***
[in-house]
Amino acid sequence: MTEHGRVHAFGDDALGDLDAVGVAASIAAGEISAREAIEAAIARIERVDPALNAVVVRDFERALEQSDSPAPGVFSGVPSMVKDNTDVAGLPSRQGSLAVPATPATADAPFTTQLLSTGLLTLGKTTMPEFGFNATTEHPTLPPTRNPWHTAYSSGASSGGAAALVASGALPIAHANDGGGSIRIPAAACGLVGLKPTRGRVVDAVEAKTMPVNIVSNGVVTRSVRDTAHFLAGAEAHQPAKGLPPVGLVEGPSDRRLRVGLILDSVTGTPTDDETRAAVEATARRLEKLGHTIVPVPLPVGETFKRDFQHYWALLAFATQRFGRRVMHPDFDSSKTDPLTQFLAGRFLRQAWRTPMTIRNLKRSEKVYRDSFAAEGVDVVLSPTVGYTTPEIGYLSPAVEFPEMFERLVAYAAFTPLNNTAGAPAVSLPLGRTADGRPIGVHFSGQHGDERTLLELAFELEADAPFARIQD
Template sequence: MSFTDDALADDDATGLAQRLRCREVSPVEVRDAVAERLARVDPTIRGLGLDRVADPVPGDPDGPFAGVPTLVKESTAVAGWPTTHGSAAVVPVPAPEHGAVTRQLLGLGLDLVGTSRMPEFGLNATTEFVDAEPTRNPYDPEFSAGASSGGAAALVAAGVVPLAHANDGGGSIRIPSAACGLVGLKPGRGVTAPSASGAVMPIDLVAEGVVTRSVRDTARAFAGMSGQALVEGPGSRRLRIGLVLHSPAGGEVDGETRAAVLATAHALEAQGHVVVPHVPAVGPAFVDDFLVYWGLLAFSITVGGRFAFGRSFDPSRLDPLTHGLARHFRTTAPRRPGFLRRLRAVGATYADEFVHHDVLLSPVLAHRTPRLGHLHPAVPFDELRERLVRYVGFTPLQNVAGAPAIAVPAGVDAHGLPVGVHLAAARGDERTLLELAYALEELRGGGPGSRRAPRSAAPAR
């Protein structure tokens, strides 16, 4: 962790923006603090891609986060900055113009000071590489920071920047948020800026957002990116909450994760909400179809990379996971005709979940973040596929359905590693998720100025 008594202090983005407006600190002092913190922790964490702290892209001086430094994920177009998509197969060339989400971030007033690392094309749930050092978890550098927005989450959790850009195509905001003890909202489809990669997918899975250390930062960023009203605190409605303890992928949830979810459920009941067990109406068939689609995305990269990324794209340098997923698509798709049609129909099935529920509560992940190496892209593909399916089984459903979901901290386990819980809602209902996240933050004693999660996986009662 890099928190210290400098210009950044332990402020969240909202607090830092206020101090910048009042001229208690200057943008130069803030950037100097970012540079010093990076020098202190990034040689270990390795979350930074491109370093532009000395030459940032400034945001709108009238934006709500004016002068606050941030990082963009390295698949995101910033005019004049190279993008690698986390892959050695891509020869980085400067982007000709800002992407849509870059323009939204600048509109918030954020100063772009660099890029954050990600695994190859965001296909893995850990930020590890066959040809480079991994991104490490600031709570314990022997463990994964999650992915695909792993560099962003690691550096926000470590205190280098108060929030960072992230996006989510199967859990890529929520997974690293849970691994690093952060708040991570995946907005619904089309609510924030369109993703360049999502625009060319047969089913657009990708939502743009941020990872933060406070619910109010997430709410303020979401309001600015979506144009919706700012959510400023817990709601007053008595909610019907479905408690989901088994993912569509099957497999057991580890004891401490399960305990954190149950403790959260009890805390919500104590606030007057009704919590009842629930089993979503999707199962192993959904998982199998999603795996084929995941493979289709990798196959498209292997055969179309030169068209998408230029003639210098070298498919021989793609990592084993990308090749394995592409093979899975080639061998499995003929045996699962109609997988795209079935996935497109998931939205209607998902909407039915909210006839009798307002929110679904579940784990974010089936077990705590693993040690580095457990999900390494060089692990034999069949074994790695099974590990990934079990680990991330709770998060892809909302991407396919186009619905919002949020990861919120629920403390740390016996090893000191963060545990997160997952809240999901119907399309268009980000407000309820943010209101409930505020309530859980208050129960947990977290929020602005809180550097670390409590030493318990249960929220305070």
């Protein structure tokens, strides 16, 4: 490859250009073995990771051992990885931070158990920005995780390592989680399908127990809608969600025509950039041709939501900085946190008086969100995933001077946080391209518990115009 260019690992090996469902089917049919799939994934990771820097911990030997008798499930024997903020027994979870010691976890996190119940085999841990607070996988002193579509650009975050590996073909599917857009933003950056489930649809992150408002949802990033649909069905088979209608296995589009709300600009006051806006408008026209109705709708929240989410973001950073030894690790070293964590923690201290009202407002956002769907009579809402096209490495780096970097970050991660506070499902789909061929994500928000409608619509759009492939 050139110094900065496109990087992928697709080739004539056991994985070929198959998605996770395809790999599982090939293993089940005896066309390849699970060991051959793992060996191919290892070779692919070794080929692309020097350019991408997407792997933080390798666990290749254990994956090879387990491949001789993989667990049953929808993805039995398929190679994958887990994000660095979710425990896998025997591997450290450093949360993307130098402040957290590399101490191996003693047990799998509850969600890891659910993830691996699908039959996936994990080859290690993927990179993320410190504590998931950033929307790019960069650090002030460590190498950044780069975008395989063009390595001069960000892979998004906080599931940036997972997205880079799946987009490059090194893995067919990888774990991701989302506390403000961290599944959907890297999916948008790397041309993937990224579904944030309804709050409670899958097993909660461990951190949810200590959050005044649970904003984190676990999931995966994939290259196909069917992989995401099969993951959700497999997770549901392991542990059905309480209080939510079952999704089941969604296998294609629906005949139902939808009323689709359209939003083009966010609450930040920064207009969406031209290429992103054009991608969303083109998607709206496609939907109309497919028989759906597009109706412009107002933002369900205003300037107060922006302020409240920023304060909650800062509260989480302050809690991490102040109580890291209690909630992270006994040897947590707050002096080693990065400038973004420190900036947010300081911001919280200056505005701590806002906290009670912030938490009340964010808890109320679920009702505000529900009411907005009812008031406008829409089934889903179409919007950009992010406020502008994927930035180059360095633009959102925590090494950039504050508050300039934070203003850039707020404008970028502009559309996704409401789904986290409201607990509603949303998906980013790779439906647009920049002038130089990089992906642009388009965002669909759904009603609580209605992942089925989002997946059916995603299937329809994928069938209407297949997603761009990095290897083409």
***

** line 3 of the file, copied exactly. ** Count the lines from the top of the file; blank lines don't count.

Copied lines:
Template sequence: MSFTDDALADDDATGLAQRLRCREVSPVEVRDAVAERLARVDPTIRGLGLDRVADPVPGDPDGPFAGVPTLVKESTAVAGWPTTHGSAAVVPVPAPEHGAVTRQLLGLGLDLVGTSRMPEFGLNATTEFVDAEPTRNPYDPEFSAGASSGGAAALVAAGVVPLAHANDGGGSIRIPSAACGLVGLKPGRGVTAPSASGAVMPIDLVAEGVVTRSVRDTARAFAGMSGQALVEGPGSRRLRIGLVLHSPAGGEVDGETRAAVLATAHALEAQGHVVVPHVPAVGPAFVDDFLVYWGLLAFSITVGGRFAFGRSFDPSRLDPLTHGLARHFRTTAPRRPGFLRRLRAVGATYADEFVHHDVLLSPVLAHRTPRLGHLHPAVPFDELRERLVRYVGFTPLQNVAGAPAIAVPAGVDAHGLPVGVHLAAARGDERTLLELAYALEELRGGGPGSRRAPRSAAPAR